Materials and methods
Zebrafish embryo maintenance and staging
Zebrafish embryos were collected from natural spawning. Staging was performed according to Kimmel et al. (1995). Live embryos were photographed after orienting in 3% methylcellulose.
Morpholinos, expression constructs, and PCR primers
MOs were obtained from Gene Tools, LLC and are as follows: control, 5′-CCTCTTACCTCAGTTACAATTTATA-3′; Wnt5b MO, 5′-GCAAACACAATAATTTCTTACCACC-3′; Ryk MO1, 5′-GGCGACATGCTACTGGGTTTTGACG-3′; and Ryk MO2, 5′-ATCGACCAGCGCCACGGAACCTCAT-3′. Dvl-EGFP and Wnt11 expression constructs were obtained from D. Houston (University of Iowa, Iowa City, IA) and M. Furutani-Seiki (University of Bath, Bath, England, UK), respectively. Zebrafish ryk (Ensembl Zv8 gene identifier ENSDARG00000007231), wnt5b, and fz2 were cloned from a mixture of cDNAs for 0–24-hpf zebrafish embryos with GeneAmp high-fidelity polymerase (Applied Biosystems). The following primer pairs were used for PCR reactions: Wnt5b, 5′-CTGCTGTTTTGAGGGGATTC-3′ and 5′-CGCACTGAGCAATTAAGCAG-3′; full-length Ryk with the stop codon, 5′-ACTTTTTAAAGCGACGGTGG-3′ and 5′-ATCAACAACTCGGCTGGTTT-3′; full-length Ryk without the stop codon, 5′-TAAAGCGACGGTGGGCTGTG-3′ and 5′-CACGTAGGCCCCCAAAGCTG-3′; dnRyk, 5′-GGTGGGCTGTGATGTTTCTG-3′ and 5′-CCTCTTCATGCTGTGGAGGT-3′; 5′ UTR of the ryk gene, 5′-GAGCGCGAGCTAACAGAAGT-3′ and 5′-GAGCAGCAGGAGGAGAAAGA-3′; Ryk ICD, 5′-GTGGAAATGGATGACAGCGT-3′ and 5′-CACGTAGGCCCCCAAAGCTG-3′; and Fz2, 5′-GTTTGCCGGACTCATTTTGTA-3′ and 5′-AACAGTGGTTTCTCCTTGTCC-3′. PCR products were cloned into pCR8/GW/TOPO entry vector and integrated into destination clones by LR Clonase enzyme mix (Invitrogen). 3′ entry clones and destination vectors were from N. Lawson’s laboratory (University of Massachusetts Medical School, Worcester, MA) and from the Tol2kit (C. Chien, University of Utah, Salt Lake City, UT; Kwan et al., 2007). Synthetic RNAs were made with mMessage mMachine Capped RNA transcription kit (Applied Biosystems). Semiquantitative RT-PCR used 5′-CTGGTCCACATGGCAATACA-3′ and 5′-CTGGTTTGGGCCAGTTTACA-3′ for ryk and 5′-TCAGCCATGGATGATGAAAT-3′ and 5′-GGTCAGGATCTTCATGAGGT-3′ for β-actin, with Advantage 2 polymerase (Takara Bio Inc.) in 30 cycles with the annealing step lasting 2 min at 57°C.
Injection and transplantation
Zebrafish embryos were injected at the one-cell stage into the yolk for global expression and at 16–32-cell stages into individual blastomeres for mosaic expression. For assessing cell migration by transplantation, a group of donor embryos was microinjected with Ryk MO mixed with 20 ng of lineage marker (dextran-conjugated Texas red; Invitrogen) at the one-cell stage. A second group of donor embryos was injected with FITC-conjugated control MO. A group of host embryos was injected with Wnt5 MO at the one-cell stage. Donor and host embryos were manually dechorionated before transplantation. Using a single needle, 10–20 cells were removed from each donor embryo at high-sphere stage, mixed, and transplanted into the center of lateral mesoderm of a host embryo at shield stage. Embryos with grafted cells were allowed to grow to tailbud stage for imaging. For assessing ligand-receptor interaction by transplantation, donor and host embryos were injected with 100 pg RNA. At sphere stage, ∼20 cells were transplanted into the blastodermal margin of each host embryo. At shield stage, embryos with transplanted cells at lateral or ventral mesoderm were selected and allowed to grow to 90–100% epiboly for imaging.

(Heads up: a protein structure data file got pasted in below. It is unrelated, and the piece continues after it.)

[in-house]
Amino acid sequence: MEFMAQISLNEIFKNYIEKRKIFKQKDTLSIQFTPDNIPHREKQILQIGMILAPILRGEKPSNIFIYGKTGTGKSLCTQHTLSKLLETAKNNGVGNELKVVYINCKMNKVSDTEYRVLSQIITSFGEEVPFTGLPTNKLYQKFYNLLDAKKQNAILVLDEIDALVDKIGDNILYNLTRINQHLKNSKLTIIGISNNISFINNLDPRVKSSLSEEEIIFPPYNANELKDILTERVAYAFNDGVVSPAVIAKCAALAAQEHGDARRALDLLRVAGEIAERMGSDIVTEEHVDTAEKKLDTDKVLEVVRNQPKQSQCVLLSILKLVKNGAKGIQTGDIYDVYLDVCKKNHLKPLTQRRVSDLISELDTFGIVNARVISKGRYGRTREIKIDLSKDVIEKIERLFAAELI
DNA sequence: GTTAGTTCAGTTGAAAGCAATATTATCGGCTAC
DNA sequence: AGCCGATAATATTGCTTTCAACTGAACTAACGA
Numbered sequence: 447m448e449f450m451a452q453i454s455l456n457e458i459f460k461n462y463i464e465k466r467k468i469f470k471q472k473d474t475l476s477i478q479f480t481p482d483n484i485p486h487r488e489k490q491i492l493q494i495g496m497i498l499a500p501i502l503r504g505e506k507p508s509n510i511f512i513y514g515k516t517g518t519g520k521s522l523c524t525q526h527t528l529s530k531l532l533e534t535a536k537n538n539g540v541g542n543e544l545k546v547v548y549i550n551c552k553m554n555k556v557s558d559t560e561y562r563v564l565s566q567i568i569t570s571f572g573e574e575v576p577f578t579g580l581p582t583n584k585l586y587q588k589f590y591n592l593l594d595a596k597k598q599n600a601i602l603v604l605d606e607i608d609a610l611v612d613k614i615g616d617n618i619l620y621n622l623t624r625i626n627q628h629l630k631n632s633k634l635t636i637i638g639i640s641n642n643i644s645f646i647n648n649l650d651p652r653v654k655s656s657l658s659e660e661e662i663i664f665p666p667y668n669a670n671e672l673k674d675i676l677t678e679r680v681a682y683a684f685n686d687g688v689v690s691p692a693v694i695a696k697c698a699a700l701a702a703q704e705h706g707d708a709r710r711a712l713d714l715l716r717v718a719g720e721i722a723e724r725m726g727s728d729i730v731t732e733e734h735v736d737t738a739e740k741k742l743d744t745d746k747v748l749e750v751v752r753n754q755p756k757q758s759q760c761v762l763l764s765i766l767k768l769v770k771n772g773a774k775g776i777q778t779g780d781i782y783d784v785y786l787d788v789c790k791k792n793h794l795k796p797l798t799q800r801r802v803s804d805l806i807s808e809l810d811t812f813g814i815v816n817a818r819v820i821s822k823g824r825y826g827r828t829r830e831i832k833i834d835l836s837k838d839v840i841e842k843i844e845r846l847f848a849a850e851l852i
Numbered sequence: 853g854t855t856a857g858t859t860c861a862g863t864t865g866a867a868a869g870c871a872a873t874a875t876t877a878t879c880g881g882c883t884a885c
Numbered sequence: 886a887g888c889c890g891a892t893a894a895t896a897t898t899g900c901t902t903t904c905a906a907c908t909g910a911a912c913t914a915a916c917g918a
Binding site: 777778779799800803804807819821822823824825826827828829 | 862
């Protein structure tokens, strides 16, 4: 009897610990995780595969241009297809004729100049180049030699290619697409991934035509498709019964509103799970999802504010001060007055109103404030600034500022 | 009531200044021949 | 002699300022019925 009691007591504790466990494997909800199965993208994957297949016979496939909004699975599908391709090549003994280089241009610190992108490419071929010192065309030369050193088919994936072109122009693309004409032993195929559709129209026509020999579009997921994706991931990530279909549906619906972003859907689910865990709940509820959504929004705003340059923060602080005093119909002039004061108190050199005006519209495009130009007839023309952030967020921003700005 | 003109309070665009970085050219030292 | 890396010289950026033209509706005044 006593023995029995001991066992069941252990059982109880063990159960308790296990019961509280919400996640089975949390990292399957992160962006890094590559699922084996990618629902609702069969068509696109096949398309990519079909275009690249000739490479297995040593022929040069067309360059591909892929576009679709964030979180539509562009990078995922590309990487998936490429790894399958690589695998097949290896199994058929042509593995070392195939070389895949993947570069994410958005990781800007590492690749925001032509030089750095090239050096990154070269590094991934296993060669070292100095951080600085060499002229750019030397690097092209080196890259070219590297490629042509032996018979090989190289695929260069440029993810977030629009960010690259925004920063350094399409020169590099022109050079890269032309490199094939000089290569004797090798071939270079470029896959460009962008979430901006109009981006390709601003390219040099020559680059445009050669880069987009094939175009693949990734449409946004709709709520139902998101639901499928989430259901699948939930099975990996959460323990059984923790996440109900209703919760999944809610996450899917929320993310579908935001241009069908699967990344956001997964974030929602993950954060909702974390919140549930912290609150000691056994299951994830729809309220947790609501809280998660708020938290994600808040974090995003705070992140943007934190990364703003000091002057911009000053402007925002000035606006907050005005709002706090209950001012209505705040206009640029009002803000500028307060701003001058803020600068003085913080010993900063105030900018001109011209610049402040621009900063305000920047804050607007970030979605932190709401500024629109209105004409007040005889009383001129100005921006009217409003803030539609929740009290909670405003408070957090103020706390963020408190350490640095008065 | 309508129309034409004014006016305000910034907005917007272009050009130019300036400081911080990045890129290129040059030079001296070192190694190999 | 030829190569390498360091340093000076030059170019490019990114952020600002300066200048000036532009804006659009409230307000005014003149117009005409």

Whole-mount in situ hybridization and antibody staining
Hybridization and antibody staining was performed as described previously (Westfall et al., 2003b) with anti-myc antibody (9E10; Santa Cruz Biotechnology, Inc.) in 1:1500 dilution or rabbit anti-Flag (Sigma-Aldrich) in 1:200 dilution, followed by fluorescent secondary antibodies (Alexa Fluor 488, 568, or 633; Invitrogen).
The transgenic line huc:GFP [Tg (elav3:eGFP)] (Park et al., 2000) was evaluated at 3 dpf. MO-injected embryos were processed for cryosectioning as previously described (Baye and Link, 2007). In brief, embryos were infiltrated at 4°C in 15% sucrose, 30% sucrose, and overnight in 100% OCT (optimal cutting temperature) and then oriented in freezing molds and sectioned at −25°C. 12-µm cryosections were mounted on glass slides and coverslipped with Vectashield mounting media (Vector Laboratories) for confocal imaging.
Zebrafish animal cap aggregates
Experiments were performed as described previously (Mellitzer et al., 1999), with the exception that the aggregates were imaged alive in glass coverslips without fixation. In brief, embryos were injected at one-cell stages with 100 pg RNAs. At the 1,000-cell stage, embryos were dechorionated, and animal caps were dissected in L15 medium with 10% fetal calf serum. Animal caps were juxtaposed and healed for 10 min. Aggregate was mounted under a coverslip and cultured overnight. Fluorescent tracers were visualized with confocal microscopy. Nonintermingled aggregates showed a clear boundary (of the EGFP moiety) and a dark gap (from the mCherry moiety) wider than 30 µm in five nonoverlapping 5.7 × 10−8 m2 squares at the interface. Intermingled aggregates showed skewed boundaries, uniform mCherry intensity, and at least five isolated mCherry-positive cell clusters per square in five nonoverlapping 5.7 × 10−8 m2 squares at the interface.